French floods: Clean-up begins as bill could hit €2bn

It could be a while before Paris and other parts of France are back to normal.

French floods: Clean-up begins as bill could hit €2bn
Photo: AFP

The water pumps have been drafted into Paris and elsewhere, while towns across the north are facing a huge clean-up operation after the “devastating floods”.

The floods in France have taken their toll. President Francois Hollande described them as a “real catastrophe”.

As well as four deaths and at least 24 injured, the bill for the damage caused by rivers such as the Seine, the Loing and the Yonne breaking their banks is expected to be anything between €600 million and €2 billion.

On Monday a crisis meeting will take place among government ministers to determine the real impact of the floods and how to aid the recovery.

The Prime Minister Manuel Valls will also hold a meeting with France’s biggest insurers to make sure the victims of the floods are compensated for all their losses.

Even before then he announced that an emergency fund containing several millions of euros would be set up to offer financial aid to those who have lost everything.

This week the areas worst affected will be declared “natural disaster” zones, meaning residents and businesses will find it easier to claim on insurance.

As the flood waters of the Seine receded in Paris on Monday to around 5.38 metres above its normal height, after reaching 6.10 metres on Friday night, authorities were in a race against time to get the river banks open before the start of the Euro 2016 football tournament.

The normally busy roads and walkways that pass along the river remained closed, and will do for some days. Flooded riverside bars and restaurants and those located on barges will desperately be hoping they can reopen before the massive influx of visitors for the tournament.

Several train lines were affected, including the RER C, which remains closed along the River Seine. It’s not expected to reopen for several days. St Michel Metro station is also shut due to the floods.

France’s famous museums, the Louvre and the Musée d’Orsay, will remain closed until Tuesday at least.

But it was outside Paris that the real damage took place, especially in the départements of Loiret and Seine-et-Marne.

Thousands of residents in towns such as Nemours and Montargis saw their homes submerged while shop owners were also left counting the costs as the town centres were inundated by the floods.

Many are still unable to return home.

Hundreds of cars were submerged before their owners could get them to higher ground, while scores of vehicles that became blocked on the A10 motorway were being cleared on Sunday.

On Monday morning orange alert warnings from the country’s weather service Météo France were still in place for 14 départements – mainly in the Ile-de-France region around Paris and Normandy.

More storms and rain are due, but authorities do not believe flood levels will be affected.

In Rouen, further downstream from the Seine from Paris, the water levels were also receding after at one point hitting 9.3 metres above normal levels.

Some of those worst affected were French farmers, many of whom saw their crops and their potential harvests ruined in the flood.

France’s environment minister Segolene Royal called on towns and villages to be fitted with sirens in future so residents can be warned of future floods.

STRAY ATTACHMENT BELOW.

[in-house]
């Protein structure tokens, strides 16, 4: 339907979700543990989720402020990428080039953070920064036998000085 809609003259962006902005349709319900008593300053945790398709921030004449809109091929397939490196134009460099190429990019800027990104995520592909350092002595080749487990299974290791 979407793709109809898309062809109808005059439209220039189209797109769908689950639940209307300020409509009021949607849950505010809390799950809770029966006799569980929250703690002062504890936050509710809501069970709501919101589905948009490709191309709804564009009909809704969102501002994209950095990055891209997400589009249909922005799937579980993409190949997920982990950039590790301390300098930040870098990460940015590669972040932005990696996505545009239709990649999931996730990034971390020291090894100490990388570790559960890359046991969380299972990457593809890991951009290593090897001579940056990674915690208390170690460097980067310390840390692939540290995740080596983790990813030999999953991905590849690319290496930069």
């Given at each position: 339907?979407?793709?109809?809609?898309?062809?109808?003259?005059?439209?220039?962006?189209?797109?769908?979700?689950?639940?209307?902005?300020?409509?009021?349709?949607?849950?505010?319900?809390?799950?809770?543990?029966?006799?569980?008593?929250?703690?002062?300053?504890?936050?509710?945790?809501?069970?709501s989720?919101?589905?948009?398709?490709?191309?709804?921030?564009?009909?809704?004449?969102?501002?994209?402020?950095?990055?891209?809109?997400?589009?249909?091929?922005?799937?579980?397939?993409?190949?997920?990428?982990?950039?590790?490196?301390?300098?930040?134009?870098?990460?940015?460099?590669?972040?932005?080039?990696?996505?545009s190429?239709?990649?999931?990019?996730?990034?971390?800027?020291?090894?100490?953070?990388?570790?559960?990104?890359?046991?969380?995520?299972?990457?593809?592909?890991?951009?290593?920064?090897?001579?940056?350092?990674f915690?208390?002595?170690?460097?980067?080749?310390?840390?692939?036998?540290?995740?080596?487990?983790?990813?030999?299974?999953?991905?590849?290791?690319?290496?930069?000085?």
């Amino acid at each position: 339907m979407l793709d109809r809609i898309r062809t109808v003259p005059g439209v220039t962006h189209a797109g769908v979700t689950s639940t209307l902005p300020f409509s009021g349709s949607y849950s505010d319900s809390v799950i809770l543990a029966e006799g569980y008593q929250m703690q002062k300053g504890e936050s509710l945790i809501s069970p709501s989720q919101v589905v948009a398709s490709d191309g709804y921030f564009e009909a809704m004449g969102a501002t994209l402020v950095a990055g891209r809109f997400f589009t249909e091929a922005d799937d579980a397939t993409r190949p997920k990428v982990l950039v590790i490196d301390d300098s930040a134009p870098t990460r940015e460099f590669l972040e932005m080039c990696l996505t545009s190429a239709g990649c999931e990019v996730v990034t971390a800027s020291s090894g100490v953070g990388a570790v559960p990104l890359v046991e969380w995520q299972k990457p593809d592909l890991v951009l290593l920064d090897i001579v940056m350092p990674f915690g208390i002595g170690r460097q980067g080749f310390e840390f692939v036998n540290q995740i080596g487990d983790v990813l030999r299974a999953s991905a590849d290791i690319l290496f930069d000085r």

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Scorching summer was France’s second hottest on record

Three heatwaves since June produced France's second-hottest summer since records began in 1900, the Météo France weather service said on Tuesday, warning that scorching temperatures will be increasingly common as the climate crisis intensifies.

Scorching summer was France's second hottest on record

With 33 days of extreme heat overall, average temperatures for June, July and August were 2.3C above normal for the period of 1991-2020.

It was surpassed only by the 2003 heatwave that caught much of France unprepared for prolonged scorching conditions, leading to nearly 15,000 heat-related deaths, mainly among the elderly.

Data is not yet available for heat-related deaths this summer, but it is likely to be significantly lower than 15,000 thanks to preventative measures taken by local and national authorities. 

Most experts attribute the rising temperatures to the climate crisis, with Météo France noting that over the past eight summers in France, six have been among the 10-hottest ever.

By 2050, “we expect that around half of summer seasons will be at comparable temperatures, if not higher,” even if greenhouse gas emissions are contained, the agency’s research director Samuel Morin said at a press conference.

The heat helped drive a series of wildfires across France this summer, in particular a huge blaze in the southwest that burned for more than a month and blackened 20,000 hectares. 

Unusually, wildfires also broke out even in the normally cooler north of the country, and in total an area five times the size of Paris burned over the summer. 

Adding to the misery was a record drought that required widespread limits on water use, with July the driest month since 1961 – many areas still have water restrictions in place.

MAP: Where in France are there water restrictions and what do they mean?

Forecasters have also warned that autumn storms around the Mediterranean – a regular event as air temperatures cool – will be unusually intense this year because of the very high summer temperatures. A storm that hit the island of Corsica in mid August claimed six lives. 

“The summer we’ve just been through is a powerful call to order,” Prime Minister Elisabeth Borne said on Monday, laying out her priorities for an “ecological planning” programme to guide France’s efforts against climate change.